The Old Musician by Edouard Manet, 1862.

Extrapolation: The Old Musician

The old musician sat amongst the beggars. Many passersby on the afternoon streets would certainly make no distinction, and call his playing for coin begging as well. For him this was respite though. Sunday among the despised. He would play among these people for a time and forget about coin. Much like the saying “you can’t bullshit a bullshitter” there isn’t much use in “begging a beggar.” Among them he could play whatever pleased him, the childhood favorites of his homeland, the dirges, the sad songs, things the people on the street wouldn’t pay a soda-cracker to hear.

On the streets the shortest path to coin was all. Here, among the beggars, he could be welcomed rather than tolerated, a violinist rather than a fiddler. The girls and the children would enjoy it, though the men would need more drink, drink they didn’t have, to slacken their scowls. Music alone wasn’t nearly enough to salve their problems. The man in the top-hat had only just recently found himself among their number. He clung to that hat the way a tick clung to a mongrel’s skin, as though a few inches of good quality felt were all that stood between him and final heartbreak. Today the old musician would play for him. He’d play a bit from “The Beggar’s Opera,” a piece he’d learned while in England all those years ago. Yes, today he’d play for the man in the top hat but he’d sing for himself-

Through all the Employments of Life
Each Neighbour abuses his Brother;
Whore and Rogue they call Husband and Wife:
All Professions be-rogue one another:
The Priest calls the Lawyer a Cheat,
The Lawyer be-knaves the Divine:
And the Statesman, because he’s so great,
Thinks his Trade as honest as mine.

Facts: The Old Musician

From a 1984 edition of the hardcover devoted to the collections of The National Gallery in Washington-

“The principal pleasure to be gained from Manet comes from the beauty of his brushwork. He mixed on his palette the exact tone he needed and with swift and certain dexterity delineated on the canvas each area of light and shadow. In The Old Musician this virtuosity of handling can be seen most clearly in the trenchant strokes that define the folds in the shirt and trousers of the boy with the straw hat, or in the more caressing feather touch on the shawl of the girl holding the baby.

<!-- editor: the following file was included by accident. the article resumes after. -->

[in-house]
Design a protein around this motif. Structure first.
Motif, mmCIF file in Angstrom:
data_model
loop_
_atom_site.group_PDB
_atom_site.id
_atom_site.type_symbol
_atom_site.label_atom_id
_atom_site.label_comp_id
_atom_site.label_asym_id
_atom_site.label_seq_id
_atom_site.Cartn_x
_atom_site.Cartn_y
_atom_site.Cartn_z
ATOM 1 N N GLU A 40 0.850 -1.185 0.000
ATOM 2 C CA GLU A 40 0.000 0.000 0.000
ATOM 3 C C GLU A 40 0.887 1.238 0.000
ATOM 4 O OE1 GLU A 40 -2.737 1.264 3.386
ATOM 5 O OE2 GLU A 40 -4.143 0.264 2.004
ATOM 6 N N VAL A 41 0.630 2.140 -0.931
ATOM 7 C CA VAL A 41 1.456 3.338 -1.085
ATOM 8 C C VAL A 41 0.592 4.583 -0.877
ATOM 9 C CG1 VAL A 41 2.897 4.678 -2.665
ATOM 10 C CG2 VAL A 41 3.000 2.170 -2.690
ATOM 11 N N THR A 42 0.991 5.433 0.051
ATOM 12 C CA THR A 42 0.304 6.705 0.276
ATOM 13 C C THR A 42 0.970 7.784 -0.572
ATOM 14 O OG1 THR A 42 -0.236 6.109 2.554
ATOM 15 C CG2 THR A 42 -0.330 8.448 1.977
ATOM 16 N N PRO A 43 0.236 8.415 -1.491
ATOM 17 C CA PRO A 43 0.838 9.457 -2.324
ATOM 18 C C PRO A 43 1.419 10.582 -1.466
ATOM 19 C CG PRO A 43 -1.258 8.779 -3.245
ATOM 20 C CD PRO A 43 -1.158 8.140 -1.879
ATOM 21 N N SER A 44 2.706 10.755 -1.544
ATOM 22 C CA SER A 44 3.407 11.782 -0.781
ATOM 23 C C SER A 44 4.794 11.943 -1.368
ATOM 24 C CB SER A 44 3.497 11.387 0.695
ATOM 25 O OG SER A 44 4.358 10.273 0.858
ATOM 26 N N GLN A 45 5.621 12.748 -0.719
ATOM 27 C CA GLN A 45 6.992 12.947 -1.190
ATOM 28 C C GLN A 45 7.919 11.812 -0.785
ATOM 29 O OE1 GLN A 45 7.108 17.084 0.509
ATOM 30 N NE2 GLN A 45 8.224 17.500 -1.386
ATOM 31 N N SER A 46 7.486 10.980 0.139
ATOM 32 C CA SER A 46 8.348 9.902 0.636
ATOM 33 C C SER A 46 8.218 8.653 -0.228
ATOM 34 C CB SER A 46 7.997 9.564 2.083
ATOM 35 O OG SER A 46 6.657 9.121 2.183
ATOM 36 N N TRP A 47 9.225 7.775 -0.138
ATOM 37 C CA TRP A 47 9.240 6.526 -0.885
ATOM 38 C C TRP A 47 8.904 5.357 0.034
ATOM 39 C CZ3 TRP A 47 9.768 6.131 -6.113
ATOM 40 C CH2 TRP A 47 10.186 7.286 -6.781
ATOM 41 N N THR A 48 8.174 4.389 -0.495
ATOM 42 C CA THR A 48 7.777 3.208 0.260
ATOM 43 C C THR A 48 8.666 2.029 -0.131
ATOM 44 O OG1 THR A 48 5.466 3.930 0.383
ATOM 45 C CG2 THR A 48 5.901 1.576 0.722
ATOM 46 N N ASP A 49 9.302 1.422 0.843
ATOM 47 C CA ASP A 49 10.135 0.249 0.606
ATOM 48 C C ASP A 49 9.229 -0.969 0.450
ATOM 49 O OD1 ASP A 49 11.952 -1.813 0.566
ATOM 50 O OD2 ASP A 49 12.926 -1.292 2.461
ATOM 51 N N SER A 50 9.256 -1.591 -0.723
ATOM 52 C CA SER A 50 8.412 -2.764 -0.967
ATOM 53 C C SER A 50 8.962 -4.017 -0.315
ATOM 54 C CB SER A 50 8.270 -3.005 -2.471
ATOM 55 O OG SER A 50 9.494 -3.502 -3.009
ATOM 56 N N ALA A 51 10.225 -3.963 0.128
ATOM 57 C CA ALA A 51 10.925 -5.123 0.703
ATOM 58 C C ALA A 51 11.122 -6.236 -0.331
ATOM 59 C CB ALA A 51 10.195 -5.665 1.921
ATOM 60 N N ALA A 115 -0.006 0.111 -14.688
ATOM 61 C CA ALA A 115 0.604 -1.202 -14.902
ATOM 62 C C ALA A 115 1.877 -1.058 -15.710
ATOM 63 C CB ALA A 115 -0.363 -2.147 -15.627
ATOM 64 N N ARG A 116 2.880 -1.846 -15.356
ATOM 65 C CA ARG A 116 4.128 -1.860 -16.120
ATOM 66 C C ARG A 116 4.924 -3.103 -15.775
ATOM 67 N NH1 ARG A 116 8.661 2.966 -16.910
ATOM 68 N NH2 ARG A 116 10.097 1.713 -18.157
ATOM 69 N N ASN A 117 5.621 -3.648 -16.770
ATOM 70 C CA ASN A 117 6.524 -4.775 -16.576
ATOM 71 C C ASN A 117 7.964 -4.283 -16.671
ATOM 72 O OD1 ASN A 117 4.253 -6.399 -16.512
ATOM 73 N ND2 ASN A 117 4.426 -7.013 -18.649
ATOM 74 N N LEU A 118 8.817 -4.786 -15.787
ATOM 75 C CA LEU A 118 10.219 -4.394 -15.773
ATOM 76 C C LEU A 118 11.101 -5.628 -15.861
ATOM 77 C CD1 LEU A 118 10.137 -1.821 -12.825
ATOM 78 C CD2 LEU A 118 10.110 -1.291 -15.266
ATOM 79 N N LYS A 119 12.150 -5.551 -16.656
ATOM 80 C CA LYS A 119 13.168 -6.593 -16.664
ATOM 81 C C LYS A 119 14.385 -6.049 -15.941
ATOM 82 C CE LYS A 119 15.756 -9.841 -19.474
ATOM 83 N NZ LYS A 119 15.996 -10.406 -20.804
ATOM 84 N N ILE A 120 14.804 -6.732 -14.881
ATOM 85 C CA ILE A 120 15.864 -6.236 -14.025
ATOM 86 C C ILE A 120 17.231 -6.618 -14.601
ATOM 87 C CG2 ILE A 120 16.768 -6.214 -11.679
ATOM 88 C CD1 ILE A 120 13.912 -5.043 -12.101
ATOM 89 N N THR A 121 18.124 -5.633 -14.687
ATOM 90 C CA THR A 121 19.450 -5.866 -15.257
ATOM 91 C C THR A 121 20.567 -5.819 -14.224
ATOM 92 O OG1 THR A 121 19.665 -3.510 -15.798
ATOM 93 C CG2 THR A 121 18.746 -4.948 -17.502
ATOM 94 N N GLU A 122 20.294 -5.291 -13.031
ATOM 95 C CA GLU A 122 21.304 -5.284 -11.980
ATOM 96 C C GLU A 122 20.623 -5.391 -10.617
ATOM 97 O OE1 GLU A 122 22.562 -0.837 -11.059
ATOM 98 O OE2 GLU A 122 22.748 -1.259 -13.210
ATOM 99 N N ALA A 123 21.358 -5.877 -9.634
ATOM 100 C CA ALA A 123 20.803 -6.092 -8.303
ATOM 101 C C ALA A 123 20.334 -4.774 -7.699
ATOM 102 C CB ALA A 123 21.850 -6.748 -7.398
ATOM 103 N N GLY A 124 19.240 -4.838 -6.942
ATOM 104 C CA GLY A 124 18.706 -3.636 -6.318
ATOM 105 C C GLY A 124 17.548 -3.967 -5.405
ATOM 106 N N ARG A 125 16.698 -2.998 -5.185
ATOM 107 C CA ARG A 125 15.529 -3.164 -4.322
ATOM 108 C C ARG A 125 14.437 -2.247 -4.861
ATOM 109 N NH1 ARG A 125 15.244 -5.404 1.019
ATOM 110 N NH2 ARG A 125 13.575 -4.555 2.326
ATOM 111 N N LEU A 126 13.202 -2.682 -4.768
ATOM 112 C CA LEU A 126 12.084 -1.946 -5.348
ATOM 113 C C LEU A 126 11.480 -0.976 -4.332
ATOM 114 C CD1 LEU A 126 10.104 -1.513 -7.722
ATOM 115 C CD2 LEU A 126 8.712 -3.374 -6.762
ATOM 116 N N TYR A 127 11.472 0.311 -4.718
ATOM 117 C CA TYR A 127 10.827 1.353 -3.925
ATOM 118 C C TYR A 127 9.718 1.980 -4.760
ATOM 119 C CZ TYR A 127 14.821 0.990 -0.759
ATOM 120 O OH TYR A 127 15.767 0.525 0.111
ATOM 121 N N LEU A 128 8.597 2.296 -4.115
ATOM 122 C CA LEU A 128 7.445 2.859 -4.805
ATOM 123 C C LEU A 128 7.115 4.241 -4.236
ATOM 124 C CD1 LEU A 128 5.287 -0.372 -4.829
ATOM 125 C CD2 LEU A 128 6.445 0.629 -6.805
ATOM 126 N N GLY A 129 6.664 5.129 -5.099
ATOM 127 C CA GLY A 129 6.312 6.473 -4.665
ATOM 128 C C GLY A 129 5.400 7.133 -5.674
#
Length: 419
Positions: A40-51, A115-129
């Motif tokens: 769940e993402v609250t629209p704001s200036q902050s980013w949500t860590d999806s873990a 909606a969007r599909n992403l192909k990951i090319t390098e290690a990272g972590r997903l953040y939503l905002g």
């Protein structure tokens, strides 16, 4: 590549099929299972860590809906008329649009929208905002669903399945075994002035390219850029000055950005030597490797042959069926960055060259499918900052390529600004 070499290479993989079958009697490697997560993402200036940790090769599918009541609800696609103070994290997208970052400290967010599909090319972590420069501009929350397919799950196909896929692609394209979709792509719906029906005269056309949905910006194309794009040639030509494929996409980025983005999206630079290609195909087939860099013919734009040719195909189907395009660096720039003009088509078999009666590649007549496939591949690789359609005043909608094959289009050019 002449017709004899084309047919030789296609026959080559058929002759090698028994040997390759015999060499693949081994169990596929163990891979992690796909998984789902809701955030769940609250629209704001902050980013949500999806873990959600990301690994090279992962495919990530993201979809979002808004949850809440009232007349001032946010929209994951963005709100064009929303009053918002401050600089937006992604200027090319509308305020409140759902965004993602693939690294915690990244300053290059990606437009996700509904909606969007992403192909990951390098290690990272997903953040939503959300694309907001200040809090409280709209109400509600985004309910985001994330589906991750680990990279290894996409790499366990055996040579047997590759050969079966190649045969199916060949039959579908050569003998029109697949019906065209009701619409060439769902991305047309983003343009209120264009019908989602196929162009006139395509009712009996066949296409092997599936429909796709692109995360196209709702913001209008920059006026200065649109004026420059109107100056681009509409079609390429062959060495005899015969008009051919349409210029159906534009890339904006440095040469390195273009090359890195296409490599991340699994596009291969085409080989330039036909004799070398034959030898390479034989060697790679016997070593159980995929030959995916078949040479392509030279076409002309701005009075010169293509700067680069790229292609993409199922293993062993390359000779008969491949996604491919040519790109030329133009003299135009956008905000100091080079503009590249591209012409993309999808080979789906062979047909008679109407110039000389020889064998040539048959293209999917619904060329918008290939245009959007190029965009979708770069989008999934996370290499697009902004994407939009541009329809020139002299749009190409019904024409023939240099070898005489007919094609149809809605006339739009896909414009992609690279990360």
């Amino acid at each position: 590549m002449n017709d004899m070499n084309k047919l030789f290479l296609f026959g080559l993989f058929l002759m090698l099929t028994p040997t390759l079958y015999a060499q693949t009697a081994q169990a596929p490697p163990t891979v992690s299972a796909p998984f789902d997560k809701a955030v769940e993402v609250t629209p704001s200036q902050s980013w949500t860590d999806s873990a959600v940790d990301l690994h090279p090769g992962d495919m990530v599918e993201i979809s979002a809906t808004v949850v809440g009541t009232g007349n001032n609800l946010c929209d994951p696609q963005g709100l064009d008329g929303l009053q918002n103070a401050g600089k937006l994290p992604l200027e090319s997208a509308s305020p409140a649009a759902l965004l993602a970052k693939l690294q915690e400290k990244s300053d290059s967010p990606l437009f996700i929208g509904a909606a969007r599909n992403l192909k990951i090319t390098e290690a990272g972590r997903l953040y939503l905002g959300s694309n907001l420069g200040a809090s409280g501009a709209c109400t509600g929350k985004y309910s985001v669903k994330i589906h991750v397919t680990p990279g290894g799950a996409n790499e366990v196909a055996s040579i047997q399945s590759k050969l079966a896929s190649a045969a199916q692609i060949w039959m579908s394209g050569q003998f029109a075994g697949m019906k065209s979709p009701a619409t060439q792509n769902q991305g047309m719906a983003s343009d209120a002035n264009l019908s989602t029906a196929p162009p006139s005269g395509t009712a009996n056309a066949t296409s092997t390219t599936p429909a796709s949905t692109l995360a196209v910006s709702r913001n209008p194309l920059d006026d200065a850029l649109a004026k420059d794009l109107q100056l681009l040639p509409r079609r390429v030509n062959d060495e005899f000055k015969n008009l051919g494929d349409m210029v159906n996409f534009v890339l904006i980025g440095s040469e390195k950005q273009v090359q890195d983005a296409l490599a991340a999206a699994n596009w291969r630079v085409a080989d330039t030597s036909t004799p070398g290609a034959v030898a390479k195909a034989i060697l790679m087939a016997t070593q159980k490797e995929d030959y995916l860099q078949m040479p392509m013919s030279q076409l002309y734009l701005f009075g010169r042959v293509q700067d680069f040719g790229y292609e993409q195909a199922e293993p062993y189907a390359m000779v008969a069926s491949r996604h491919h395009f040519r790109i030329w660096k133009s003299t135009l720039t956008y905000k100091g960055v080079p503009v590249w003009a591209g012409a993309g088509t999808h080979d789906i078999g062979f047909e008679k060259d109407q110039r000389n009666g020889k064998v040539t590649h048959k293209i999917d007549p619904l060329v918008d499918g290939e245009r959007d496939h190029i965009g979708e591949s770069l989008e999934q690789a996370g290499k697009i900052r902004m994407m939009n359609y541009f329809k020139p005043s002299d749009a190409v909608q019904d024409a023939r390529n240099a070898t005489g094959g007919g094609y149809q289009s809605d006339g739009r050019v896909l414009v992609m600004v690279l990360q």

Manet’s method of direct painting caused him to suppress the transitional tones of modeling which particularly suggest volume. Like Velazquez, who was also a master of brushwork, he chose an illumination which would flatten form as much as possible. Thus the light falls directly on the figures from behind the artist’s head, and the shadows are reduced to a minimum. Through this arbitrary elimination of shadow Manet was able to state local color more freely. He attained, especially in such early works as The Old Musician, the most subtle harmonies of yellowish white and faded blue, here contrasted with warm browns and blacks and soft grays. This color scheme was as far as possible from the high intensities and broken colors of the Impressionists, which he adopted at the end of his life.

For Manet, in spite of a strong instinct for the traditional, became a leader of the Impressionists’ revolt. The public attacked his pictures, as they attacked the other Impressionists, but less because of his method of painting than because of a certain outre quality in his subject matter. In The Old Musician, for instance, what is the meaning of the brooding octogenarian on the extreme right, who is bisected so unconventionally by the frame? Perhaps he was put there simply to balance the composition, for Theodore Duret, who knew Manet well, said he painted this troupe of beggars merely because it pleased him to preserve a record of them and for no other reason. And yet one senses a significance which just escapes, a hidden meaning which is baffling. In Manet’s pictures these recurrent and tantalizing affectations infuriated his contemporaries and were in part the reason he never attained the popular admiration which he so desperately desired.”

07.23. filed under: art. !. fiction. history. lies. 1